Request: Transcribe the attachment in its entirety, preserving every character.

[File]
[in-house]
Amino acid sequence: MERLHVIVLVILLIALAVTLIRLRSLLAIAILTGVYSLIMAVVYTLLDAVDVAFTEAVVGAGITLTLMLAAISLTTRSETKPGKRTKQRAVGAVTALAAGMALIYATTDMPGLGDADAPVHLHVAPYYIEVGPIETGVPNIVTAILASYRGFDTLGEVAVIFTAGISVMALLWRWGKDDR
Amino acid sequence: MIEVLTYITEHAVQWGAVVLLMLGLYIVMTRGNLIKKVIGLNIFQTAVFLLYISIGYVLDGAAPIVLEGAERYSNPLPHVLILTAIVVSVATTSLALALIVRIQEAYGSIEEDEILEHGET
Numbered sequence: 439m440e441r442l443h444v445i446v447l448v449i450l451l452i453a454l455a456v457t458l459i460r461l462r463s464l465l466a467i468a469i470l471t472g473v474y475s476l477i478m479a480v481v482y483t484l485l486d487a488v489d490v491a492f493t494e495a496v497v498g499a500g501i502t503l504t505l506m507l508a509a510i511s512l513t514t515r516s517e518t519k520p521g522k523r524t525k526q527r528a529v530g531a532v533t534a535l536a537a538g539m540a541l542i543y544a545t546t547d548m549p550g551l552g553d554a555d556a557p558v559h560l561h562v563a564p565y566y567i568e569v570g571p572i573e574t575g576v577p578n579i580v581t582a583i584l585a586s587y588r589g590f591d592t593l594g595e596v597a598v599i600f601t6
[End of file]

[in-house]
Amino acid sequence: MERLHVIVLVILLIALAVTLIRLRSLLAIAILTGVYSLIMAVVYTLLDAVDVAFTEAVVGAGITLTLMLAAISLTTRSETKPGKRTKQRAVGAVTALAAGMALIYATTDMPGLGDADAPVHLHVAPYYIEVGPIETGVPNIVTAILASYRGFDTLGEVAVIFTAGISVMALLWRWGKDDR
Amino acid sequence: MIEVLTYITEHAVQWGAVVLLMLGLYIVMTRGNLIKKVIGLNIFQTAVFLLYISIGYVLDGAAPIVLEGAERYSNPLPHVLILTAIVVSVATTSLALALIVRIQEAYGSIEEDEILEHGET
Numbered sequence: 439m440e441r442l443h444v445i446v447l448v449i450l451l452i453a454l455a456v457t458l459i460r461l462r463s464l465l466a467i468a469i470l471t472g473v474y475s476l477i478m479a480v481v482y483t484l485l486d487a488v489d490v491a492f493t494e495a496v497v498g499a500g501i502t503l504t505l506m507l508a509a510i511s512l513t514t515r516s517e518t519k520p521g522k523r524t525k526q527r528a529v530g531a532v533t534a535l536a537a538g539m540a541l542i543y544a545t546t547d548m549p550g551l552g553d554a555d556a557p558v559h560l561h562v563a564p565y566y567i568e569v570g571p572i573e574t575g576v577p578n579i580v581t582a583i584l585a586s587y588r589g590f591d592t593l594g595e596v597a598v599i600f601t6